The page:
Gressly derived a series of paleoecological rules from his observations, noting, for example, that the diversity of facies increases vertically with a rising series and decreases with a sinking series (corresponding to conditions of receding and advancing seas, respectively). This work of 1838 alone establishes Gressly as a pioneer in, if not the founder of paleogeography. Wegmann wrote of him, “In creating this vision of superposed paleogeographies, he added a fourth dimension to his perspective.


I. Original Works. Gressly’s own publications were very few. Among them are “Geognostische Bemerkungen über den Jura der nordwestlichen Schweiz, besonders des Kantons Solothurn und der Grenz-Partien der Kantone Bern, Aargau und Basel,” in Neues Jahrbuch für Mineralogie, Geognosie, und Petrefactenkunde (1836), pp. 659-675, short version in Bibliothèque universelle (1837), pp. 194-197; “Résumé d’observations géologiques sur les modifications du Jura des cantons de Soleure et d’Argovie,” in L’Institut, 4 (1836), 92-93; “Description géologiques des montagnes du Jura Soleurios et Argovien,” ibid., 126-128; “Note sur les restes de mammiteres trouvés dans le portlandien de Soleure,” ibid., 165-166.

Also see “Observations géologiques sur les terrains des chaînes Jurassiques du canton de Soleure et des contrées limitrophes,” in Verhandlungen der Schweizerischen naturforschenden Gesellschaft (1837), pp. 126-132; “Observations géologiques sur le Jura Soleurois,” in Neue Denkschriften der Schweizerishen naturforshcenden Gesellschaft, 2 (1838), 1-112; 4 (1840), 113-241; 5 (1841), 235-349; “Uebersicht der Geologie des nordwestlichen Agargau’s” in Neues Jahrbuch fur Mineralogie Geognosie, und Petrefactenkunde (1844), pp. 153-163, short version in Bulletin de la Société neuchâteloise des sciences naturelles, 1 (1844-1846), 166-168; “Nouvelles données sur les faunes tertiaires d’Aljoi, in Actes de la Société helvétique des sciences naturalles (1835), pp.; 251-261; “Ossements fossiles d’un saurien gigantesque de la famille des Dinosauriens,” in Bulletin de la Société neuchâteloise des sciences naturelles, 4 (1856-1857), 13-16; “Étudies géologiques sur le Jura Neuchâtelois,” in Mémoirés de la Société neuchâteloise des sciences naturlles, 4 (1859), 1-159, written with E. Desor; Briefe aus dem Norden. Der Bund (Bern 1861). PP. 246-251, 281-284; “Erinnerungen eines Naturforschers aus Südfrankreich,” In Album von Combe-Varin (Zurich, 1861), pp. 201-296: “Differenzialheber (Wasserstandsmesser),” in Mitteilungen der Naturforschenden Gesellschaft in Bern (1866), 228-233; and “Uebersicht der geologischen Verhaltnisse der Umgebungen Oltens in Bezug auf den Hauenstein Tunnel (1853),” in Mitteilungen der Naturforschenden Gesellschaft in Solothurn, 8 (1928), 1-40.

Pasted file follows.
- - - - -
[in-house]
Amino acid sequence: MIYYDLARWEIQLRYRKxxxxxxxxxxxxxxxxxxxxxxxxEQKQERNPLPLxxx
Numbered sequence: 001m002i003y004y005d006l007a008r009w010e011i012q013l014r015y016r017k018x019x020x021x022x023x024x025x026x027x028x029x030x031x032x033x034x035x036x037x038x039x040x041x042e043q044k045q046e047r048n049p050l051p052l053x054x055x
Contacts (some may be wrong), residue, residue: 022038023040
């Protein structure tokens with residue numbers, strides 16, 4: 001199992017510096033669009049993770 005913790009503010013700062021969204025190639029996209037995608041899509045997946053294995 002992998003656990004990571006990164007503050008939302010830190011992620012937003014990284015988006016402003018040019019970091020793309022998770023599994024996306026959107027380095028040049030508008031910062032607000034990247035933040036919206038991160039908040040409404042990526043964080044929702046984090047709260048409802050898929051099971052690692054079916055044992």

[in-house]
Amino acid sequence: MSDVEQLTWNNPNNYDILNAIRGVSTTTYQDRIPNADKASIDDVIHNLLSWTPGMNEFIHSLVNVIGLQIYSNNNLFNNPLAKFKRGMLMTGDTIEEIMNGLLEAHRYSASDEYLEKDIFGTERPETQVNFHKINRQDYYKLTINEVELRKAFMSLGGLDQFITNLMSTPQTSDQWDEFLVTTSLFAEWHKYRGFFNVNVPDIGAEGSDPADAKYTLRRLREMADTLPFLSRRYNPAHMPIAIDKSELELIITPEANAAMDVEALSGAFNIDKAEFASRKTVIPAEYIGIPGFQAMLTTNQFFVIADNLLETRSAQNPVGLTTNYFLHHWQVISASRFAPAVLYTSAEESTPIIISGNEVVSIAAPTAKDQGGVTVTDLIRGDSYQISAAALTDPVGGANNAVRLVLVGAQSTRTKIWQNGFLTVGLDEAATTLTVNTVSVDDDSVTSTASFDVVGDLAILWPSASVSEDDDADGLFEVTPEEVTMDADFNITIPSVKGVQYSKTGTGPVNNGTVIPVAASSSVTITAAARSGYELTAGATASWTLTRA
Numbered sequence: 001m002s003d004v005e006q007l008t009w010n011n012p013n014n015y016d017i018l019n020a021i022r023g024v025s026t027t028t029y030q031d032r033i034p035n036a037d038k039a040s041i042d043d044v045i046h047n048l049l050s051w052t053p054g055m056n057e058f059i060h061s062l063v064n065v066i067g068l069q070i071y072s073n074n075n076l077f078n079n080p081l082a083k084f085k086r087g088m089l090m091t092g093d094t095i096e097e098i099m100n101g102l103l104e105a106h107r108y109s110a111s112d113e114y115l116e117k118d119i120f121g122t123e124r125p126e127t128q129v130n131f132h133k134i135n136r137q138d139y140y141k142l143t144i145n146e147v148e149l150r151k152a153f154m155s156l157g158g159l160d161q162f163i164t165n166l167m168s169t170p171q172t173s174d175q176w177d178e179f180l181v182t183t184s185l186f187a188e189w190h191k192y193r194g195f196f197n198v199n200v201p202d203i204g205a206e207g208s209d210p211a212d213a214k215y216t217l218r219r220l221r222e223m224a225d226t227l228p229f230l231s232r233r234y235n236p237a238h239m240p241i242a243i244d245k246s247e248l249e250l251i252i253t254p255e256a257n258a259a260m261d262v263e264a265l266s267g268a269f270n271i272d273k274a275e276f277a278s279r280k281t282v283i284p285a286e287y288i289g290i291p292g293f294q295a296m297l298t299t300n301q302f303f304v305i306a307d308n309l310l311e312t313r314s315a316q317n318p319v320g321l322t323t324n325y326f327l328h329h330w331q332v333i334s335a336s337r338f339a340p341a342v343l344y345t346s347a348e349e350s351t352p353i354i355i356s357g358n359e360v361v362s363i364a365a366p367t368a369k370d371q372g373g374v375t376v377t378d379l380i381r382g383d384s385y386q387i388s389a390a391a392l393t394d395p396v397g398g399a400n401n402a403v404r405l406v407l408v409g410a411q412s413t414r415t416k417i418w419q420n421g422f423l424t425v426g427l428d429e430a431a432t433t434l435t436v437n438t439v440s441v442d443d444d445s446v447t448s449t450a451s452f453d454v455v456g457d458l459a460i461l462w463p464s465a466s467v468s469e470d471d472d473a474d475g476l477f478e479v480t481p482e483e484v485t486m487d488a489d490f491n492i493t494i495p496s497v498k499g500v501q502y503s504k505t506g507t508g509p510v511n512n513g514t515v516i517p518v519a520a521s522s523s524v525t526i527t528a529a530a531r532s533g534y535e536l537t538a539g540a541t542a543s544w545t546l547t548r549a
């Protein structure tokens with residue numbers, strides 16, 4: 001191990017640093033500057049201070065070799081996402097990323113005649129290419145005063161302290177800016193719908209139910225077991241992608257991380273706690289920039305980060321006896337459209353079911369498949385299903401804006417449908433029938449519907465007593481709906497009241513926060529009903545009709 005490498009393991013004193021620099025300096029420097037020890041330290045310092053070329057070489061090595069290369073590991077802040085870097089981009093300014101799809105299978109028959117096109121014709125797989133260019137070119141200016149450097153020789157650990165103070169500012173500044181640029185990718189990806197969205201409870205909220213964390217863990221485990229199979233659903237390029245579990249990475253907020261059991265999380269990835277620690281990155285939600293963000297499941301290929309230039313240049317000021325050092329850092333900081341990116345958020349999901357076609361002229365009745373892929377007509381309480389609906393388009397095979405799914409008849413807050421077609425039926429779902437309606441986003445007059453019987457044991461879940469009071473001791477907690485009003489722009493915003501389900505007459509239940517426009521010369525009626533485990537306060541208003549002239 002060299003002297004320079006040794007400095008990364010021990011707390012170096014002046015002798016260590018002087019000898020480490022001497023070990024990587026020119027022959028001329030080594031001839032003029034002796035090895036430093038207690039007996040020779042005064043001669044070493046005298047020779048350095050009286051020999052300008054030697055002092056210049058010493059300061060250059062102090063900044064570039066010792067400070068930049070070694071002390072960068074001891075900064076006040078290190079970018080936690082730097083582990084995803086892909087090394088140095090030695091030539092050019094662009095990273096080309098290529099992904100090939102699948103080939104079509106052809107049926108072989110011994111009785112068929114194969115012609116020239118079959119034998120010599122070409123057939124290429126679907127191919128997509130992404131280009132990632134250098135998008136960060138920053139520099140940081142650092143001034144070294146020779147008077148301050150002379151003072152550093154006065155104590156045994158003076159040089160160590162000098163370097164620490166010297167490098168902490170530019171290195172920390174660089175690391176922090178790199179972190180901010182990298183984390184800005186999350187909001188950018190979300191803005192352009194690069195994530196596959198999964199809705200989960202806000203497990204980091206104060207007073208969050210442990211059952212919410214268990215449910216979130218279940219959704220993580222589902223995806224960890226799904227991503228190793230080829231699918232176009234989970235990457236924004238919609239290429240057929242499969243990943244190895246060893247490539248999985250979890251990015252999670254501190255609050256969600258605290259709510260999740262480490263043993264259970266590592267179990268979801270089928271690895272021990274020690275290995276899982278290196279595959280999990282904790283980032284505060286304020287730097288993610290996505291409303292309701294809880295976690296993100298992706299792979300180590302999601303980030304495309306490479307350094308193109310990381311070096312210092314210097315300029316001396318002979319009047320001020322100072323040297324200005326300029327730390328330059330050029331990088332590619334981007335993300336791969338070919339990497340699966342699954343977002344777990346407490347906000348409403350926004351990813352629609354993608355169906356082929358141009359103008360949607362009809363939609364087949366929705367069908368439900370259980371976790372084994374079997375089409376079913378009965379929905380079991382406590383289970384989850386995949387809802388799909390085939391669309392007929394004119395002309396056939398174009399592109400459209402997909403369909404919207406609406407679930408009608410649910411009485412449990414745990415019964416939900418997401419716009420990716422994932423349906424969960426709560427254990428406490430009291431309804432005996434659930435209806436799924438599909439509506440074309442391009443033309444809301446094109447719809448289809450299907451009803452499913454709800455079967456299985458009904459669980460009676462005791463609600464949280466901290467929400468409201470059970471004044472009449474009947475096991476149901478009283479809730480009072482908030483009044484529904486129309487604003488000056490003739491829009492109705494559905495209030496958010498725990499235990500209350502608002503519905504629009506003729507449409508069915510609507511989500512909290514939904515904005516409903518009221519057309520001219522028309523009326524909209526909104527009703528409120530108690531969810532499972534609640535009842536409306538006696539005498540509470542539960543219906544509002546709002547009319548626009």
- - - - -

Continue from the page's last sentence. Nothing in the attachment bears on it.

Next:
II. Secondary Literature. For works on Gressly, see Kurt Meyer, “Amanz Gressly, ein Solothurner Geologe (1814-1865),” in Mitteilungen der Naturforschenden Gesellschaft in Solothurn, no.22 (1966), 1-79; L. Rollier, “Lettres d’Amand Gressly, le géologue jurassien (1814–1865),” in appendices, Actes de la Société Jurassienne d’émulation, 16 (1911), 17 (1912), 18 (1913); and Imprimerie de petit Jurassien (Moutier, 1911), with biographical and bibliographical sketch and portrait.

Also see Emil Kuhn-Schnyder, in Neue deutsche Biographie; J. Thurmann. “Essai sur les soulèvements jurassiques du Porrentruy,” 2 vols., I (Porrentruy, 1832), 1-84; II (Strasbourg, 1836), 1-51; and Eugene Wegmann, L"exposé original de la notion de faciés par A. Gressly (1814-1865),” in Sciences de la terre, 9 , no. 1 (1962-1963), 83-119, with facsimile reproductions of critical parts of Gressly’s 1838 definition of facies.

Cecil J. Schneer